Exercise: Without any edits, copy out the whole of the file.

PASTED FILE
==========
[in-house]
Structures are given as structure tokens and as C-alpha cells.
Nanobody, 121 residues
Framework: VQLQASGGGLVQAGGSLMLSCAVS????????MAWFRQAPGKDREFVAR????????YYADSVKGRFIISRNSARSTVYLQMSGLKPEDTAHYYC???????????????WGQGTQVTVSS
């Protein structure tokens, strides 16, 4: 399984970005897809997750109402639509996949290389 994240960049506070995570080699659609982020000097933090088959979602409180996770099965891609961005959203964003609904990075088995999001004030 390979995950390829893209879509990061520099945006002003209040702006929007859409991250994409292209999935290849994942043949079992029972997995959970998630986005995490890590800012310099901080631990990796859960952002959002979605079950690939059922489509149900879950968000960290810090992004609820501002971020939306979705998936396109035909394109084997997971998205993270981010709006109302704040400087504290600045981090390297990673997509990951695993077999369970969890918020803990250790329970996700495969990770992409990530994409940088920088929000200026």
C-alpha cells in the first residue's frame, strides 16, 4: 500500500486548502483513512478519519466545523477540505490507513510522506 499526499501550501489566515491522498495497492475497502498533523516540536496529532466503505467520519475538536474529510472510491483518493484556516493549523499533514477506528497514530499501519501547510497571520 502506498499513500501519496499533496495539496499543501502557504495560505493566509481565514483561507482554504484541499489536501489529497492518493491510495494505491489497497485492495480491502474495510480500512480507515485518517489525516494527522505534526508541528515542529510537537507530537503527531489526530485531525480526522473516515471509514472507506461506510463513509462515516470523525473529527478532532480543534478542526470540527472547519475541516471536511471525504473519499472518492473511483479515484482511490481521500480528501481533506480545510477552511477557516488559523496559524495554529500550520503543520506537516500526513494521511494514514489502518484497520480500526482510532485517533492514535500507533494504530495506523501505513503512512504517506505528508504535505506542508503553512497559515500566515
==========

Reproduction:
[in-house]
Structures are given as structure tokens and as C-alpha cells.
Nanobody, 121 residues
Framework: VQLQASGGGLVQAGGSLMLSCAVS????????MAWFRQAPGKDREFVAR????????YYADSVKGRFIISRNSARSTVYLQMSGLKPEDTAHYYC???????????????WGQGTQVTVSS
């Protein structure tokens, strides 16, 4: 399984970005897809997750109402639509996949290389 994240960049506070995570080699659609982020000097933090088959979602409180996770099965891609961005959203964003609904990075088995999001004030 390979995950390829893209879509990061520099945006002003209040702006929007859409991250994409292209999935290849994942043949079992029972997995959970998630986005995490890590800012310099901080631990990796859960952002959002979605079950690939059922489509149900879950968000960290810090992004609820501002971020939306979705998936396109035909394109084997997971998205993270981010709006109302704040400087504290600045981090390297990673997509990951695993077999369970969890918020803990250790329970996700495969990770992409990530994409940088920088929000200026």
C-alpha cells in the first residue's frame, strides 16, 4: 500500500486548502483513512478519519466545523477540505490507513510522506 499526499501550501489566515491522498495497492475497502498533523516540536496529532466503505467520519475538536474529510472510491483518493484556516493549523499533514477506528497514530499501519501547510497571520 502506498499513500501519496499533496495539496499543501502557504495560505493566509481565514483561507482554504484541499489536501489529497492518493491510495494505491489497497485492495480491502474495510480500512480507515485518517489525516494527522505534526508541528515542529510537537507530537503527531489526530485531525480526522473516515471509514472507506461506510463513509462515516470523525473529527478532532480543534478542526470540527472547519475541516471536511471525504473519499472518492473511483479515484482511490481521500480528501481533506480545510477552511477557516488559523496559524495554529500550520503543520506537516500526513494521511494514514489502518484497520480500526482510532485517533492514535500507533494504530495506523501505513503512512504517506505528508504535505506542508503553512497559515500566515